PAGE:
By Phil Boeyen, ShareChat Business News Editor
Friday 25th August 2000
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Chairman, Fraser McKenzie, says the result comes on the back of strong growth in trade volumes and container traffic, and is an increase of 9% over the 1999 results despite relatively static volumes in its traditional cargo mainstay, logs
He says the port set itself three fundamental challenges during 2000 - to maintain effective management of its day-to-day operations, bedding in the new Metroport Auckland service, and pursuing future growth opportunities - and demonstrated success on all three fronts.
"The Port of Tauranga is now the country's second largest container port by volume. In the first full year of operation for our dry, inland port - Metroport Auckland - total container volumes through the Port rose by 110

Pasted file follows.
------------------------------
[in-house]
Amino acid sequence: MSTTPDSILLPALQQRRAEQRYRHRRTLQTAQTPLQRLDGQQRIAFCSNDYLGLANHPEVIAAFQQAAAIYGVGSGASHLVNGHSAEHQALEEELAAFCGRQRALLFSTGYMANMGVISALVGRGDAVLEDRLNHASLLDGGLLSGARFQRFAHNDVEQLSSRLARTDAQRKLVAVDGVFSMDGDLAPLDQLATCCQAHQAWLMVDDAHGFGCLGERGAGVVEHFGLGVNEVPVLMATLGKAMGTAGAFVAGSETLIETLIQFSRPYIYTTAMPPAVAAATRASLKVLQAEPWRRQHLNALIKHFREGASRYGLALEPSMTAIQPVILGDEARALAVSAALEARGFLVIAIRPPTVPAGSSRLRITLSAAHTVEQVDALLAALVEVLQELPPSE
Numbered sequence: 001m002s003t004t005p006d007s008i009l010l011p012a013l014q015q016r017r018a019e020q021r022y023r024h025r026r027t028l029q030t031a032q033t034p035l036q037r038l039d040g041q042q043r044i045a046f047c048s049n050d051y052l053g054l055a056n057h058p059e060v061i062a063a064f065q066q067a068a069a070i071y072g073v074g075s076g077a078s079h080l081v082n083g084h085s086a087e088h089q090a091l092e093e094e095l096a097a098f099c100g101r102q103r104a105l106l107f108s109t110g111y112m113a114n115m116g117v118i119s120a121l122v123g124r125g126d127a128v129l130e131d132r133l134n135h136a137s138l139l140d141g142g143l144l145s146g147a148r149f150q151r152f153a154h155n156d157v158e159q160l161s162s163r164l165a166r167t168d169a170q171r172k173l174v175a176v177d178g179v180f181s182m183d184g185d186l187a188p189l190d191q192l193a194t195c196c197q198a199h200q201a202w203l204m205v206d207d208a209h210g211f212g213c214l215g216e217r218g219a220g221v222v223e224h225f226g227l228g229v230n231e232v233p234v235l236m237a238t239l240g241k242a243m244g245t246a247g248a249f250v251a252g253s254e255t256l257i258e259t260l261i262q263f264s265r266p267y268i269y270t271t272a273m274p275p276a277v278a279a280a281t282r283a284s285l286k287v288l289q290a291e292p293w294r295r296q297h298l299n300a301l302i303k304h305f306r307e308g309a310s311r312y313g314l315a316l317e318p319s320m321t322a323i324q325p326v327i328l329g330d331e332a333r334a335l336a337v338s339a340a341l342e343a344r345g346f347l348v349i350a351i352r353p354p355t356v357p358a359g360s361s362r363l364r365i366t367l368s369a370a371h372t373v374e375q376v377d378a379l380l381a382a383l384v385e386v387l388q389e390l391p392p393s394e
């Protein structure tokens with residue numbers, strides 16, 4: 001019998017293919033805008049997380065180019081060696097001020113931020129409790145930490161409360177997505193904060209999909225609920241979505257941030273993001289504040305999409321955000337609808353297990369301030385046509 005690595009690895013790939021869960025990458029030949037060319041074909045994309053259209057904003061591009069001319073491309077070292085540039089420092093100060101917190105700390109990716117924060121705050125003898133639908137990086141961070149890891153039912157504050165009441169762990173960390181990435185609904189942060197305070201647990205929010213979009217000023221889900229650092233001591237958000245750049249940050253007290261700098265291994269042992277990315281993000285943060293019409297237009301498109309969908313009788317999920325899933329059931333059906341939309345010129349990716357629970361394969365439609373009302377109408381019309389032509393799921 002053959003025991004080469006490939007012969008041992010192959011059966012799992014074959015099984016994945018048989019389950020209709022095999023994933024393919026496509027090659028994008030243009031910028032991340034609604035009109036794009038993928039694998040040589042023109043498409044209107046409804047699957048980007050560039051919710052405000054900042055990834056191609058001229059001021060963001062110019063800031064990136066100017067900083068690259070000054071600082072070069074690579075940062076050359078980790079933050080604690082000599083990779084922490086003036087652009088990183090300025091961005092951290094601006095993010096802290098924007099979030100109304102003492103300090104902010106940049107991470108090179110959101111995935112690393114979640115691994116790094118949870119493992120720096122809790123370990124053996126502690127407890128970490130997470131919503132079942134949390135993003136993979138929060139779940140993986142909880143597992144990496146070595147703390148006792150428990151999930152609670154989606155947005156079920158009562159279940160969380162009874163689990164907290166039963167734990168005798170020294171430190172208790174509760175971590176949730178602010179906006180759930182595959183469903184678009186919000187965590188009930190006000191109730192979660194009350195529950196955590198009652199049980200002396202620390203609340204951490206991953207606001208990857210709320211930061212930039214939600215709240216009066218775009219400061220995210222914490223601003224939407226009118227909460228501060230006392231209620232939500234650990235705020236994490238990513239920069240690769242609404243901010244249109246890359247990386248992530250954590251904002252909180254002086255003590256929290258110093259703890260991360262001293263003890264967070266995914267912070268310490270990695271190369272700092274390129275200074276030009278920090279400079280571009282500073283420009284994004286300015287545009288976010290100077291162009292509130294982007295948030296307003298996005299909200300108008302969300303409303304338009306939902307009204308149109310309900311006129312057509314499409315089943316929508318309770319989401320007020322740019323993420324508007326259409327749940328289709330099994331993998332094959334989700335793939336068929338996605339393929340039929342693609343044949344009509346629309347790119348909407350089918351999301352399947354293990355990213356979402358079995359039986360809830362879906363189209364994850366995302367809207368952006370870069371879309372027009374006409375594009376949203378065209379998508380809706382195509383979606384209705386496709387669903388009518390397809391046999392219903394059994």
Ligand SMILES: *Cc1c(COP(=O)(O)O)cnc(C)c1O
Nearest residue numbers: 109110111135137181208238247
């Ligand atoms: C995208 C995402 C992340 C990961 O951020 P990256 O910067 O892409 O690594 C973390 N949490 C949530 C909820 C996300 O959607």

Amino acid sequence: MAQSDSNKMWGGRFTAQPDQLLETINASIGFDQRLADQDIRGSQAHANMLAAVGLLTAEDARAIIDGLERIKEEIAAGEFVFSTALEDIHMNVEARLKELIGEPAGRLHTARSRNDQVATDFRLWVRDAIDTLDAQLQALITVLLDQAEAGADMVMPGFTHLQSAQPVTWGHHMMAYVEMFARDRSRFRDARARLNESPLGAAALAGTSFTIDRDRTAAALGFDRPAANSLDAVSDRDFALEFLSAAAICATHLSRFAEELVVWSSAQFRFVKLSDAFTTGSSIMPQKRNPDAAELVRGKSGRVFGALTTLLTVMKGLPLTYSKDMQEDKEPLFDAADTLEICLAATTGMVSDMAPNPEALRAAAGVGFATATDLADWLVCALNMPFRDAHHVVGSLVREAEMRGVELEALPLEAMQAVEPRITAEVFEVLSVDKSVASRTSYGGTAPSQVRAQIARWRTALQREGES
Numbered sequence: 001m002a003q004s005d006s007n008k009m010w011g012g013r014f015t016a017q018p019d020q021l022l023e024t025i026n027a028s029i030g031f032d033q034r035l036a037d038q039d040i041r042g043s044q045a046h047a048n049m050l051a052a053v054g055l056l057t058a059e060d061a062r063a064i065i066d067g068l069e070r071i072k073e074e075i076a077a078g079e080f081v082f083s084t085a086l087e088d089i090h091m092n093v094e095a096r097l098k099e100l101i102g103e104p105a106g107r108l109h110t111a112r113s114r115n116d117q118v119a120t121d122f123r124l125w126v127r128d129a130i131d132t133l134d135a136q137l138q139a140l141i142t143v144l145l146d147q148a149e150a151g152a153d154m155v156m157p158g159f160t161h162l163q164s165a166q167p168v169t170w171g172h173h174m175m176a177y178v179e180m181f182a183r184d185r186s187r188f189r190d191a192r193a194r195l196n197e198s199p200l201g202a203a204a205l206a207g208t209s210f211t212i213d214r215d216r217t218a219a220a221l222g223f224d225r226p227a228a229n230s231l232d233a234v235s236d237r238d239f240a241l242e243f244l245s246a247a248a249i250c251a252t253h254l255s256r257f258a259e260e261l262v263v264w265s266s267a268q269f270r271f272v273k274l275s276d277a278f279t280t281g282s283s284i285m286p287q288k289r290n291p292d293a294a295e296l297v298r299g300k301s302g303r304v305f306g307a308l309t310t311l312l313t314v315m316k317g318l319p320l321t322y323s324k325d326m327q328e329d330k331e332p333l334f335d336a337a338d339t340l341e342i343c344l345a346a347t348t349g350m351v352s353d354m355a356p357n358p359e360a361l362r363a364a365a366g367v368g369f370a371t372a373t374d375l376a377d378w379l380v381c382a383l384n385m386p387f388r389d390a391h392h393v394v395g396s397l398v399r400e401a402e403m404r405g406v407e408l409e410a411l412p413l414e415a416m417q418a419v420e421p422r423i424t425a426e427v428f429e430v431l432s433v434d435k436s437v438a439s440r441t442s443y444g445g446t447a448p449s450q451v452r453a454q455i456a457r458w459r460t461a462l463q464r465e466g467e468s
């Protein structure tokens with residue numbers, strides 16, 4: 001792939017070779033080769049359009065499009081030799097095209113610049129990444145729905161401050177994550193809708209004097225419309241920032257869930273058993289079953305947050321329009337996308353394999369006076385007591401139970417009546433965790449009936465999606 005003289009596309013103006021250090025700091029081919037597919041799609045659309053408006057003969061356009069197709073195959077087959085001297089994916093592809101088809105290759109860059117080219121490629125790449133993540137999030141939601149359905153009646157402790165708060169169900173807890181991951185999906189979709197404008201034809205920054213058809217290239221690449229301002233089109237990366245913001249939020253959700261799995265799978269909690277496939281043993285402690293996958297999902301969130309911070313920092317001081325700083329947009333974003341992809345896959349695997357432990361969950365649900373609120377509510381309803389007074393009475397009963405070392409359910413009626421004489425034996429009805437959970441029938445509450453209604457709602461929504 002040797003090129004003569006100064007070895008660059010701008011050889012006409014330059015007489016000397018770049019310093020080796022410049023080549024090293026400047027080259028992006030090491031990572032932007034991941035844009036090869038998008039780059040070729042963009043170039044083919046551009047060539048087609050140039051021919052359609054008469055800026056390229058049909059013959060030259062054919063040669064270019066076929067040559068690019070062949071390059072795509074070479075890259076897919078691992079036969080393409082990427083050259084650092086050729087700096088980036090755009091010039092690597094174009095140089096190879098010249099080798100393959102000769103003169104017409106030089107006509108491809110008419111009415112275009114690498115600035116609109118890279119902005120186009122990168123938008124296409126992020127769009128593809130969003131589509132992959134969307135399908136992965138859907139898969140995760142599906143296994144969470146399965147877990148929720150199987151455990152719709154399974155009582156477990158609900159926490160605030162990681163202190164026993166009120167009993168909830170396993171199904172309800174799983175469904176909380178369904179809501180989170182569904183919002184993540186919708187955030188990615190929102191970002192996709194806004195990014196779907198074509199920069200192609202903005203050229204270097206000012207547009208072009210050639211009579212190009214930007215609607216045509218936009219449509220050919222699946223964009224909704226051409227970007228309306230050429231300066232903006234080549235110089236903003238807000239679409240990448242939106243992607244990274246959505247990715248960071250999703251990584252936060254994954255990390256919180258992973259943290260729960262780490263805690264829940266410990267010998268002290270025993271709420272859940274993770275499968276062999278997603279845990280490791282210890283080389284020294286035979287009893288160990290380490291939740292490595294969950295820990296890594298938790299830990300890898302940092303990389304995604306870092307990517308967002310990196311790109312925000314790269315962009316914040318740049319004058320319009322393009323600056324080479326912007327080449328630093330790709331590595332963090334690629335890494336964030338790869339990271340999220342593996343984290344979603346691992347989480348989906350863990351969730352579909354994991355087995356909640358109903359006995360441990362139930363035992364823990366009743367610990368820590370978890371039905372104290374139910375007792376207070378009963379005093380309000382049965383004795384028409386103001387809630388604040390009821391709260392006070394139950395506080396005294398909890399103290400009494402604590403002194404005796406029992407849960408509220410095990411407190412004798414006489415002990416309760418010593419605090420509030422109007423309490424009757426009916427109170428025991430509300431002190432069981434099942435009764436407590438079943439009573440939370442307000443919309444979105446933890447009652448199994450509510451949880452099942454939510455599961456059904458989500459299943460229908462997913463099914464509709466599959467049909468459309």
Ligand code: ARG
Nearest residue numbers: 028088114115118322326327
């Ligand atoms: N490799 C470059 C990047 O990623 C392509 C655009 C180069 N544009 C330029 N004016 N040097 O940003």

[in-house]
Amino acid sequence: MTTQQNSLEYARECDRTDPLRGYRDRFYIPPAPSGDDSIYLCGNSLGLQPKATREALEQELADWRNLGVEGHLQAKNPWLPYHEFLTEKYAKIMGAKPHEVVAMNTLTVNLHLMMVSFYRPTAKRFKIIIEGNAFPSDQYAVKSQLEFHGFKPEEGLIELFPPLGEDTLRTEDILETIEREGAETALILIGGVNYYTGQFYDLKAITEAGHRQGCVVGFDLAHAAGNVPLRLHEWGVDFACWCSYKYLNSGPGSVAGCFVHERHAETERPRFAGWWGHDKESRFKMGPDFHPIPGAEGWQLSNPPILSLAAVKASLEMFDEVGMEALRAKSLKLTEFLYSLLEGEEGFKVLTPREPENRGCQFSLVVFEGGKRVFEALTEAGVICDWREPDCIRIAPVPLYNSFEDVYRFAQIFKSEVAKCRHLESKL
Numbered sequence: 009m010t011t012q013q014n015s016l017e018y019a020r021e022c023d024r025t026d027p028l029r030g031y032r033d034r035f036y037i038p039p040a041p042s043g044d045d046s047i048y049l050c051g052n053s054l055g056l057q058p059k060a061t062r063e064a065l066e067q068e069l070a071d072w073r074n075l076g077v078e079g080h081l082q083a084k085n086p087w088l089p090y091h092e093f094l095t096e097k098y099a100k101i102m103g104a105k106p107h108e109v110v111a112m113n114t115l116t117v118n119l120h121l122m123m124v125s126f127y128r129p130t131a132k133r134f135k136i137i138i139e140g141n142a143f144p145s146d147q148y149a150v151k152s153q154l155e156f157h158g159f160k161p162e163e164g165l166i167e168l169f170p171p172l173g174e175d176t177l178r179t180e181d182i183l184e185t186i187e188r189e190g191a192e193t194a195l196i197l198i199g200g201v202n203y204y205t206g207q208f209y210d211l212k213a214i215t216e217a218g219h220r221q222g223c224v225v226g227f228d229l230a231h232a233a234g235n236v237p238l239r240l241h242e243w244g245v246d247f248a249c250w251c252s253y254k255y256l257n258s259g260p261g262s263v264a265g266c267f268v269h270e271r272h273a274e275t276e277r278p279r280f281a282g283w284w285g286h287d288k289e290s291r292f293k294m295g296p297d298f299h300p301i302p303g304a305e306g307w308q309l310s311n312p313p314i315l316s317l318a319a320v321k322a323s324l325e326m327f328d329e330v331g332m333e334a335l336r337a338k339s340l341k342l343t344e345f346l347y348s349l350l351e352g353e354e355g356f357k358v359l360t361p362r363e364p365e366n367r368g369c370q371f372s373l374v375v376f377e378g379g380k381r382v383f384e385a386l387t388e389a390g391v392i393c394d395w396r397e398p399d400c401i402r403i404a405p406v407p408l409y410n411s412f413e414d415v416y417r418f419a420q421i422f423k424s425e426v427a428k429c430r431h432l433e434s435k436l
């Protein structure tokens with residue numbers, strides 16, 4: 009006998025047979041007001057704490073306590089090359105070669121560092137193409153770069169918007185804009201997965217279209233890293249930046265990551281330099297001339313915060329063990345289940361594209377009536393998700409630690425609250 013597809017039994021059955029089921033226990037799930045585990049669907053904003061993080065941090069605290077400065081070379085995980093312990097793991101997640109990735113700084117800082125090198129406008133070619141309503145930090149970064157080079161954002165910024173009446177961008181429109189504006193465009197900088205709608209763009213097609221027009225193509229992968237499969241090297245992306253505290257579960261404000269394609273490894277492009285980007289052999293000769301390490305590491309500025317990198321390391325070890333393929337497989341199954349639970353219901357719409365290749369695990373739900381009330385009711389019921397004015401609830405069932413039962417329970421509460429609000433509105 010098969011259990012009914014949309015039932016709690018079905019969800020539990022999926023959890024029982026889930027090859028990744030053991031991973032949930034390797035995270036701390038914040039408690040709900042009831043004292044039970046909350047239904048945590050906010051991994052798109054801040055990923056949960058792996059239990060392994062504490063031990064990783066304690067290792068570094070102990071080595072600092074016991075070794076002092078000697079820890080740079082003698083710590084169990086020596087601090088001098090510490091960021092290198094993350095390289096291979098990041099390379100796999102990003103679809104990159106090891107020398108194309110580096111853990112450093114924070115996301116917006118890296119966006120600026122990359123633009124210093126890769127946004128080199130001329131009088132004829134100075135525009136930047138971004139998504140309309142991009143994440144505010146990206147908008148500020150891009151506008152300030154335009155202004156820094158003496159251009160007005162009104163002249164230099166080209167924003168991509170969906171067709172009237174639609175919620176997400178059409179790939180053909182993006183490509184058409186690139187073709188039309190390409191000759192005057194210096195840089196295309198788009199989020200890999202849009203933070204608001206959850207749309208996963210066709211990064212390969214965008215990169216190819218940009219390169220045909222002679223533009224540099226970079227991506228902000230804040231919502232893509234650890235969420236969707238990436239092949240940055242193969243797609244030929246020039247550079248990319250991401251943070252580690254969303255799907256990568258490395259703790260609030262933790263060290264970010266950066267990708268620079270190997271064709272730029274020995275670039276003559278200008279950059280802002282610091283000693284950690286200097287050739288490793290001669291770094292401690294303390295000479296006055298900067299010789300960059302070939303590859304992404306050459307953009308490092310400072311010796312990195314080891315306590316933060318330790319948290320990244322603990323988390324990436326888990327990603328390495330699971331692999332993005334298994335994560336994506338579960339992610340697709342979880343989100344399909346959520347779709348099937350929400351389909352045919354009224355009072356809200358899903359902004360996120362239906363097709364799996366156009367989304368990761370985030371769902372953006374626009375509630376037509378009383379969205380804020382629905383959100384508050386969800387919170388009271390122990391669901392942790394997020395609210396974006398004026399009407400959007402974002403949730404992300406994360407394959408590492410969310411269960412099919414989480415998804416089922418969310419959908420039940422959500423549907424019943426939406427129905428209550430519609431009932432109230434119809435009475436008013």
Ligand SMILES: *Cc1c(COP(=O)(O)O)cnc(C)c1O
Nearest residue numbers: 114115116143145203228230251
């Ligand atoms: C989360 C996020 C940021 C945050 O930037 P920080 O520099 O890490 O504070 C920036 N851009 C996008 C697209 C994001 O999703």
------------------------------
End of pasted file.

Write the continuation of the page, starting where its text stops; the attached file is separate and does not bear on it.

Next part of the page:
"This was largely due to Australia New Zealand Direct Line moving its New Zealand port of call from Auckland to Tauranga. This decision helped to attract significant new business from customers in the Bay of Plenty and Waikato, particularly from the dairy, meat, timber, pulp and paper industry."
The company says its decision to enter a joint venture with Northland Port to develop and operate the Marsden Point facility was a further example that it recognized growth opportunities shouldn't be confined by geographical boundaries.
"The joint venture will see the Port of Tauranga deploy its expertise in project management, marketing and
operational skills to create a world best practice forestry and break bulk facility in Northland where cargo volumes are predicted to increase significantly."
The port's board has recommended shareholders be paid a fully imputed final dividend of 14 cents a share, making a total of 22 cents a share, up from 18 cents a share in 1999.
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